“For example, we measure weight, often looking at intentional weight loss. I have had people attending with weight loss they never intended and when we have looked into that we have picked up other conditions, in particular cancer diagnoses, really early and treatable. If the person hadn’t been walking through the door for their chronic disease review, they would have presented at a later stage.”

While it takes a lot of administration work in a GP setting to keep track of those covered by the programme and to ensure they are called for appropriately timed reviews, once somebody comes in, it is to a familiar place.

“It is a real safe space for the person. I feel we are working in partnership,” says Devine, who finds patients appreciate the chance to have a proper discussion, which fosters a sense of empowerment. Doctors can come up with what they think are great plans, she adds, but it may not work for the person.

What role does a GP practice nurse have in this?

“I am very lucky that the practice I work in takes a great interest in the chronic disease programme,” says Insa Larkin, a nurse colleague of Devine at the Carlton Clinic in the Bray primary healthcare centre. Here patients on the treatment programme have two 45-minute appointments a year with a practice nurse, during which they will have body measurements taken and undergo a range of tests appropriate to their condition or risk factors.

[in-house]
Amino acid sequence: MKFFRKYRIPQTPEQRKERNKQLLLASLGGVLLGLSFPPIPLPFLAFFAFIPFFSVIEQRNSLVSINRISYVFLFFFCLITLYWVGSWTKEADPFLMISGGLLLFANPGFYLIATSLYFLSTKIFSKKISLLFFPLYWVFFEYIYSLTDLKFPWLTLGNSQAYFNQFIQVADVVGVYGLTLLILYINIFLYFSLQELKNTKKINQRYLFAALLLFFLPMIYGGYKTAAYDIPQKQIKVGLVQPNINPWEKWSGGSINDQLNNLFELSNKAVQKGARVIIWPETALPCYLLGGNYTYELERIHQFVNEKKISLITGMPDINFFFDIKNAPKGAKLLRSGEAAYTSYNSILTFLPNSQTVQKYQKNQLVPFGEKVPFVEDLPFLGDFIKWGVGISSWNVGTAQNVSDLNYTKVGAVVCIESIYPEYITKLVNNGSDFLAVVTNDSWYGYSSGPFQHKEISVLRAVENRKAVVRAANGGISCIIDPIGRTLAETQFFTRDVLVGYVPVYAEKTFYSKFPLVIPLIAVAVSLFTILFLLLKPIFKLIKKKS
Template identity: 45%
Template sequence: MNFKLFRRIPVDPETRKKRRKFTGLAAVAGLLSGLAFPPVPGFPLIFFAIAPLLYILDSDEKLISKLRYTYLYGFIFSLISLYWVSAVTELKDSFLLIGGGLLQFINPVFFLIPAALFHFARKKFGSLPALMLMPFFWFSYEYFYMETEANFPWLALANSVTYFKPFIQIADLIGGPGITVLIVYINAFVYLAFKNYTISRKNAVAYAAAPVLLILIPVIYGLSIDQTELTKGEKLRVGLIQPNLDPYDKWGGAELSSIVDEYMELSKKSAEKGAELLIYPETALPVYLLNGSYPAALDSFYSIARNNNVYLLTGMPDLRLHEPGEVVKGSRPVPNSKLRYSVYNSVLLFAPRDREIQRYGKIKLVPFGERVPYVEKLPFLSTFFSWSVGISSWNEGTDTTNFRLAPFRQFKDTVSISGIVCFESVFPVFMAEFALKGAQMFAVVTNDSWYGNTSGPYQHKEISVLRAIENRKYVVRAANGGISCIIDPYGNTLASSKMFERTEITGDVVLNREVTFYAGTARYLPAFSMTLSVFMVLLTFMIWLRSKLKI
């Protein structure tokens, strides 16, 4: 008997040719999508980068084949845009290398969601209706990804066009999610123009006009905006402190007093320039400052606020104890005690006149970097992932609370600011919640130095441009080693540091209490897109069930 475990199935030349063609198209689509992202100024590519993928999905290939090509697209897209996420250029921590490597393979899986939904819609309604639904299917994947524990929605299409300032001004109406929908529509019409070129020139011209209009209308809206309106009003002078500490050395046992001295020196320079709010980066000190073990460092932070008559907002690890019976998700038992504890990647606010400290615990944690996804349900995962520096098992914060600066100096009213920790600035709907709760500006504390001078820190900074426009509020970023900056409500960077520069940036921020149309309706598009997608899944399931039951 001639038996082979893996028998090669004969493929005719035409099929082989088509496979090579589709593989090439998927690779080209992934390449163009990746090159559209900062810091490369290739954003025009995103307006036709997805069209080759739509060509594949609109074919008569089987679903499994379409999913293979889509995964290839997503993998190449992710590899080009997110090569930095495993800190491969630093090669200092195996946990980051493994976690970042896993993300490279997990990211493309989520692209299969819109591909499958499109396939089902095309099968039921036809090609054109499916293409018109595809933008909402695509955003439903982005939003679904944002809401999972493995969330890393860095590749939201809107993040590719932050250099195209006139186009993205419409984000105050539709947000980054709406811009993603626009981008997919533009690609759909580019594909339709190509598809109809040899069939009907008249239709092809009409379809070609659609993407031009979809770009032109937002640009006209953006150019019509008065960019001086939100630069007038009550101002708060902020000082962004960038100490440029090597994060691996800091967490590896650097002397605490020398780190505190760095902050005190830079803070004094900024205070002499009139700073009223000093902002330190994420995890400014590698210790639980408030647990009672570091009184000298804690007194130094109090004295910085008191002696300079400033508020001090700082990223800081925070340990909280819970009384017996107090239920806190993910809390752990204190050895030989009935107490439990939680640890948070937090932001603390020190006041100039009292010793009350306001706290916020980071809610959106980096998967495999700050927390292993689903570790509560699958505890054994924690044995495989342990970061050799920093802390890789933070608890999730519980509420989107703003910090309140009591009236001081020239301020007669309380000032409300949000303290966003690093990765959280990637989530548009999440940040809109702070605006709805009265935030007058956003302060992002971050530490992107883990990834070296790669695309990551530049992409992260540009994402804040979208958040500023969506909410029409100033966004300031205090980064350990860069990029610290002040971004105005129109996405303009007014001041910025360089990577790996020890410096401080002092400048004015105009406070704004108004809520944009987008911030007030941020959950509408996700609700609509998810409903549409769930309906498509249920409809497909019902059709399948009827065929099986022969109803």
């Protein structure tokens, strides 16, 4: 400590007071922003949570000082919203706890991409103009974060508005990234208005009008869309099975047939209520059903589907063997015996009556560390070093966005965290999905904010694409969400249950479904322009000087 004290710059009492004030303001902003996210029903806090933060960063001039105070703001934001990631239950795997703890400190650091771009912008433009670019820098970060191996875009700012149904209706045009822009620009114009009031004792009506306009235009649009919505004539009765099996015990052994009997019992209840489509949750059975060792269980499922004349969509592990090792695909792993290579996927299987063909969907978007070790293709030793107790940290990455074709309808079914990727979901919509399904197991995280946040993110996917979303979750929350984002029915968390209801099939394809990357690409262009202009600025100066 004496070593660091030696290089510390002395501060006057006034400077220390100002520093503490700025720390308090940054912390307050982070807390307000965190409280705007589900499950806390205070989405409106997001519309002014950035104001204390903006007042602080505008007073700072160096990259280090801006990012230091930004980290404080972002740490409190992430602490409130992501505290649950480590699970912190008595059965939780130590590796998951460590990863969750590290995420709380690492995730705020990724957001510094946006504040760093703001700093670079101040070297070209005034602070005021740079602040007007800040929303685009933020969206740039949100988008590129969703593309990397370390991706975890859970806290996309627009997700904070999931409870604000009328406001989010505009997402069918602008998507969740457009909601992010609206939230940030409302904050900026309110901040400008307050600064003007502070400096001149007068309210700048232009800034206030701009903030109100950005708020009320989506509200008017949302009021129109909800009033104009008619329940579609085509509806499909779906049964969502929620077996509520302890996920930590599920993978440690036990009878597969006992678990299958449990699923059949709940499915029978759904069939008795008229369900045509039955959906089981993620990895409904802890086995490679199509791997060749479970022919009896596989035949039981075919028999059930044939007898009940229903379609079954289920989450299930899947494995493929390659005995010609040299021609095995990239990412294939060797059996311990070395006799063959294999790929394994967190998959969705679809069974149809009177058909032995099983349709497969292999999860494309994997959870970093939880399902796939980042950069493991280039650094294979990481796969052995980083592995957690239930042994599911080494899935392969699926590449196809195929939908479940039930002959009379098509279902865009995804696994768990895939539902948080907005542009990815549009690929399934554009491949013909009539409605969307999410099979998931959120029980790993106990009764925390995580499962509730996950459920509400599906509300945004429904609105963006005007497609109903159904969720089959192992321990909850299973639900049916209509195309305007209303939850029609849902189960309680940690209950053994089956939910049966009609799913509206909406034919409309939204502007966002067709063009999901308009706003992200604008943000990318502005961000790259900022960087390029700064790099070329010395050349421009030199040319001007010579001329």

This dedicated time “makes a huge difference”, says Larkin, who has had patients start to cry halfway through a consultation, saying “this is the first time I feel I can talk about this”. Even if they can’t “fix” something, such as grief, nurses can tell them about other supports in the community.

The idea is that patients take an active role in their disease management, she says. “We can signpost and refer patients but it is very much up to the patient. They take charge.” Addressing something that might come up during a consultation but is not yet a significant health issue, “is a lovely opportunity for preventive medicine as well”.

She encounters many private patients who do not know enough about the GP visit card, which is the gateway to “this amazing programme”. This card scheme was expanded last year, when the means-tested, net income thresholds, which take into account expenses such as rent/mortgage payments, childcare costs and commuting expenses, were increased in November. In addition, anybody over 70 is entitled to one, regardless of income.

Larkin, a former hospital nurse, says she is a “huge fan” of the programme, which enables her to foster a “meaningful relationship” with the patients she sees. “I would love to see more patients being included in it, especially private diabetics, who often fall through the cracks.”

In the long term, it is a huge resource saver for the hospitals, she adds. “Keep patients well, keep patients at home, that is exactly where our strength lies.”

What do patients say?